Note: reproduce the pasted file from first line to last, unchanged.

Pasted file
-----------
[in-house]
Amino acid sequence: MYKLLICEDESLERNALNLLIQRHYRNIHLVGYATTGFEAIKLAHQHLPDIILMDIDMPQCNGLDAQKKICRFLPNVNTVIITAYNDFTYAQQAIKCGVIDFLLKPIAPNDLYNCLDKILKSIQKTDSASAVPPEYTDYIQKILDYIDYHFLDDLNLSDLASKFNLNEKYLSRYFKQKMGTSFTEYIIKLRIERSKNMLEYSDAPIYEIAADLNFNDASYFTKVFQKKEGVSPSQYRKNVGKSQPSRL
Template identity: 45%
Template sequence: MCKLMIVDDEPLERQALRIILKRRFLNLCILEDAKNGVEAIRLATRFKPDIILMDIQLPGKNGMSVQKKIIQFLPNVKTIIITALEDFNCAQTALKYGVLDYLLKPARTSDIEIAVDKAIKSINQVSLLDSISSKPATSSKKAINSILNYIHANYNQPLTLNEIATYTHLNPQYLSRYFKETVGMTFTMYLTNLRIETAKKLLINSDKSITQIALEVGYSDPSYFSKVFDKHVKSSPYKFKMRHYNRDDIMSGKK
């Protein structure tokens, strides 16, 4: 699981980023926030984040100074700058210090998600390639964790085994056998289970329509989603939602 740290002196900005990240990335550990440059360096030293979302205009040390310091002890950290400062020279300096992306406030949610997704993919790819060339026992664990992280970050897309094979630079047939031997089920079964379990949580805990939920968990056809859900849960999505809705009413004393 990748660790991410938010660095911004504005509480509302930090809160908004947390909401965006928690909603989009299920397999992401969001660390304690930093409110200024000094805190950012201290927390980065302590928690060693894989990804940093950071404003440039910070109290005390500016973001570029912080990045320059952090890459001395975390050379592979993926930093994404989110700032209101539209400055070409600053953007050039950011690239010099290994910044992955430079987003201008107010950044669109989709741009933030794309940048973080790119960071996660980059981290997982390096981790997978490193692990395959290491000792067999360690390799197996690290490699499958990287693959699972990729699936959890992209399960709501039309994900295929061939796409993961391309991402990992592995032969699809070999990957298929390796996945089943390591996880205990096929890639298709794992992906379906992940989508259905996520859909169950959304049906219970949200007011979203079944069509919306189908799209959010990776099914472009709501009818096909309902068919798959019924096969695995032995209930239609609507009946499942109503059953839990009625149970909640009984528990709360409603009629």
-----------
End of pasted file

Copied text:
[in-house]
Amino acid sequence: MYKLLICEDESLERNALNLLIQRHYRNIHLVGYATTGFEAIKLAHQHLPDIILMDIDMPQCNGLDAQKKICRFLPNVNTVIITAYNDFTYAQQAIKCGVIDFLLKPIAPNDLYNCLDKILKSIQKTDSASAVPPEYTDYIQKILDYIDYHFLDDLNLSDLASKFNLNEKYLSRYFKQKMGTSFTEYIIKLRIERSKNMLEYSDAPIYEIAADLNFNDASYFTKVFQKKEGVSPSQYRKNVGKSQPSRL
Template identity: 45%
Template sequence: MCKLMIVDDEPLERQALRIILKRRFLNLCILEDAKNGVEAIRLATRFKPDIILMDIQLPGKNGMSVQKKIIQFLPNVKTIIITALEDFNCAQTALKYGVLDYLLKPARTSDIEIAVDKAIKSINQVSLLDSISSKPATSSKKAINSILNYIHANYNQPLTLNEIATYTHLNPQYLSRYFKETVGMTFTMYLTNLRIETAKKLLINSDKSITQIALEVGYSDPSYFSKVFDKHVKSSPYKFKMRHYNRDDIMSGKK
């Protein structure tokens, strides 16, 4: 699981980023926030984040100074700058210090998600390639964790085994056998289970329509989603939602 740290002196900005990240990335550990440059360096030293979302205009040390310091002890950290400062020279300096992306406030949610997704993919790819060339026992664990992280970050897309094979630079047939031997089920079964379990949580805990939920968990056809859900849960999505809705009413004393 990748660790991410938010660095911004504005509480509302930090809160908004947390909401965006928690909603989009299920397999992401969001660390304690930093409110200024000094805190950012201290927390980065302590928690060693894989990804940093950071404003440039910070109290005390500016973001570029912080990045320059952090890459001395975390050379592979993926930093994404989110700032209101539209400055070409600053953007050039950011690239010099290994910044992955430079987003201008107010950044669109989709741009933030794309940048973080790119960071996660980059981290997982390096981790997978490193692990395959290491000792067999360690390799197996690290490699499958990287693959699972990729699936959890992209399960709501039309994900295929061939796409993961391309991402990992592995032969699809070999990957298929390796996945089943390591996880205990096929890639298709794992992906379906992940989508259905996520859909169950959304049906219970949200007011979203079944069509919306189908799209959010990776099914472009709501009818096909309902068919798959019924096969695995032995209930239609609507009946499942109503059953839990009625149970909640009984528990709360409603009629």